Fifth Place Writing – Sports Writing

Michael McCleary

Fifth Place
Syracuse University
$1,000 Scholarship

When athletes look to transfer, schools have all the power

By Michael McCleary

The texts blew up Baylee Douglass’ phone.

Her teammates couldn’t find her name on the new roster posted that morning, and they were searching for answers.

“Hey, what’s going on,” they asked.

Douglass, now a pitcher at Syracuse, had requested a transfer from Southern Illinois University-Edwardsville. Douglass said Sandy Montgomery, her coach, had accepted her transfer request but asked her not tell anyone on the team. Then, Douglass said, the updated roster without her name was emailed to the team. After that, the texts came in.

She had listed seven schools as possible transfer destinations, including Syracuse, but then, Douglass said, the compliance office blocked Douglass from communicating with four of them. That also meant she could not transfer to those schools with a scholarship or immediate softball eligibility.

Often, athletes don’t expect schools to “block” their requests, Douglass said. She described her reaction as “disappointed,” because “most girls get full releases.”

“I was planning on this working out the whole time,” Douglass said. “If it didn’t, I’d have no idea what I was going to do.”

In 2016, the NCAA reported, 13.6 percent of male athletes and 9.2 percent of female athletes transferred to a different school. An NCAA rule requires players to request permission from his or her current school to transfer before they are released, like Pittsburgh men’s basketball player Cameron Johnson did this summer. Then, he made national headlines.

Pitt, Johnson’s school for three years, denied a full release to any Atlantic Coast Conference school, which prevented Johnson from attending North Carolina. But, according to multiple reports, once the public expressed outrage with the decision, the school relented.

What differentiates Johnson from the thousands of other transfers is that he switched from one high-profile program to another in one of the NCAA’s most-watched sports. He had national attention and support. Douglass didn’t. She represents the athlete’s story lesser known. There is no statistic for how many players each year have their request to communicate with a potential transfer destination blocked, which means it’s impossible to know how many others share Douglass’ story.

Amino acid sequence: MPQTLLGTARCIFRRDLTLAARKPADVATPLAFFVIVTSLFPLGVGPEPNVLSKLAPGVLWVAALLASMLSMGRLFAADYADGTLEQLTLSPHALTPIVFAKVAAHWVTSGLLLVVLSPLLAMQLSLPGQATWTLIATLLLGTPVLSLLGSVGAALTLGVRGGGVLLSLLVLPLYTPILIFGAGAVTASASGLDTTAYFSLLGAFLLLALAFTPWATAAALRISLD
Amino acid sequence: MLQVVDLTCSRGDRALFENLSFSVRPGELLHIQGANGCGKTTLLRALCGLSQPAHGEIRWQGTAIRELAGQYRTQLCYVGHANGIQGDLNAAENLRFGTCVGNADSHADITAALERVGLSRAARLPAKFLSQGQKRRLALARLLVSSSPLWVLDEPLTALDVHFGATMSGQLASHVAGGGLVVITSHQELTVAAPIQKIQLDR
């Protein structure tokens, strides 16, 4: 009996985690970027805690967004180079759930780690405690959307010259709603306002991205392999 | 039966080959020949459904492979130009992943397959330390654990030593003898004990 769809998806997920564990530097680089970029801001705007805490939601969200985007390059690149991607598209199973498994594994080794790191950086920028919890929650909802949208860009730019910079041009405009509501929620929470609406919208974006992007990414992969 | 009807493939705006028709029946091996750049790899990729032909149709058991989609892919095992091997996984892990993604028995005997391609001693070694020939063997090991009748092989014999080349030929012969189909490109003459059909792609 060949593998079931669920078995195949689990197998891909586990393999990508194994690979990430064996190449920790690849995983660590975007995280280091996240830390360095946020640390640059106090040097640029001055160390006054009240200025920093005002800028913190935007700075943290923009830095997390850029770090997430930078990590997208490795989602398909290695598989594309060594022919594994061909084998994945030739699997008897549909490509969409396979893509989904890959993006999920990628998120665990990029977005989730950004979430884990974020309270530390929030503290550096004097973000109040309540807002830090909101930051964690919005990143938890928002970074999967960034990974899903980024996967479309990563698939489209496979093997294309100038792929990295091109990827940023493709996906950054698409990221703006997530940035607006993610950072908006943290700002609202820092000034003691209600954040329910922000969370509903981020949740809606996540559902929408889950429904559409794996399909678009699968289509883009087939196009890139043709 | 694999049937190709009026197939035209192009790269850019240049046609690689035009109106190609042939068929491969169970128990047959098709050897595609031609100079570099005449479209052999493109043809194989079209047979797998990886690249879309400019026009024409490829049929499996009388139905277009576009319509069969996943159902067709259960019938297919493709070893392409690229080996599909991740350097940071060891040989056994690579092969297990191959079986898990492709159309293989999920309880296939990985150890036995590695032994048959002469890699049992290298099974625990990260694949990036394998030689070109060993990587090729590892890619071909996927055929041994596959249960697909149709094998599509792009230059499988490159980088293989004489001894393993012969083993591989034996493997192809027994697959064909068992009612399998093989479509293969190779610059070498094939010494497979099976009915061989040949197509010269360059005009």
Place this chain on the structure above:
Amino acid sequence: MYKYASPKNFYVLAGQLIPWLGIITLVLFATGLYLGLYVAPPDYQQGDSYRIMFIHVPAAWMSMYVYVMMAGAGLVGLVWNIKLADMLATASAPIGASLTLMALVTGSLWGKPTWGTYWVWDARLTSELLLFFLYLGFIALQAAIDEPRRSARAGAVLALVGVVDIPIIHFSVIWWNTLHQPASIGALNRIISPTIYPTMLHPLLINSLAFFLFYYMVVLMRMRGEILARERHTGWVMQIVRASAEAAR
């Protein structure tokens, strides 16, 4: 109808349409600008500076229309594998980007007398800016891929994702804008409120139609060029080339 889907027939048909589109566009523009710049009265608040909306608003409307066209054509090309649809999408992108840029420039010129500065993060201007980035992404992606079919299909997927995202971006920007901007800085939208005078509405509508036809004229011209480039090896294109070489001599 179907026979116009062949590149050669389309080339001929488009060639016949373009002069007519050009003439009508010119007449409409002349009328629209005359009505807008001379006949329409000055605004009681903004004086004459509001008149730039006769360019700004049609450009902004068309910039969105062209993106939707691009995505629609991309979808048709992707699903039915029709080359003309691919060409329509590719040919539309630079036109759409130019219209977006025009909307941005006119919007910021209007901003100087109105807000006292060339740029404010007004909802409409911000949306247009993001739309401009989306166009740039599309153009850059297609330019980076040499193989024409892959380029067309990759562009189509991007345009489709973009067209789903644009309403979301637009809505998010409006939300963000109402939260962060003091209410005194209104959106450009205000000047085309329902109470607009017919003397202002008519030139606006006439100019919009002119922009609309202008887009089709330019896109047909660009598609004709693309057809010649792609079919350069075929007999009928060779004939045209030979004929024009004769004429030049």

Syracuse Athletics, in compliance with the current NCAA rule, requires student-athletes to request permission to talk with other schools. Each request to talk to another school is handled by Mark Wheeler, SU associate athletic director of compliance.

The Daily Orange asked SU Athletics if it had ever denied a player’s request for permission to contact, as well as who would make the final decision on whether or not to allow a player to communicate with a school.

“Every request is handled individually and privately,” SU Athletics said in a statement.

Jay Bilas, an ESPN college basketball analyst and longtime player-power advocate, compared athletes situations to music students. If a musician wanted to transfer schools because he or she was unhappy with their seat in the orchestra, the university would have no say in where the student went.

“How (schools) could say with a straight face that players should not be allowed to transfer is absurd,” he said. “They should be embarrassed by that stance.”

Media coverage influencing public opinion, like it did for Johnson, is often an athlete’s only hope to clear “a blocked transfer,” Bilas said. But he also cautioned that fans flip their support between player and program based upon which decision helps the team they root for the most.

Bilas formerly played and coached basketball at Duke, so he took special interest in his alma mater’s involvement with its former quarterback Thomas Sirk.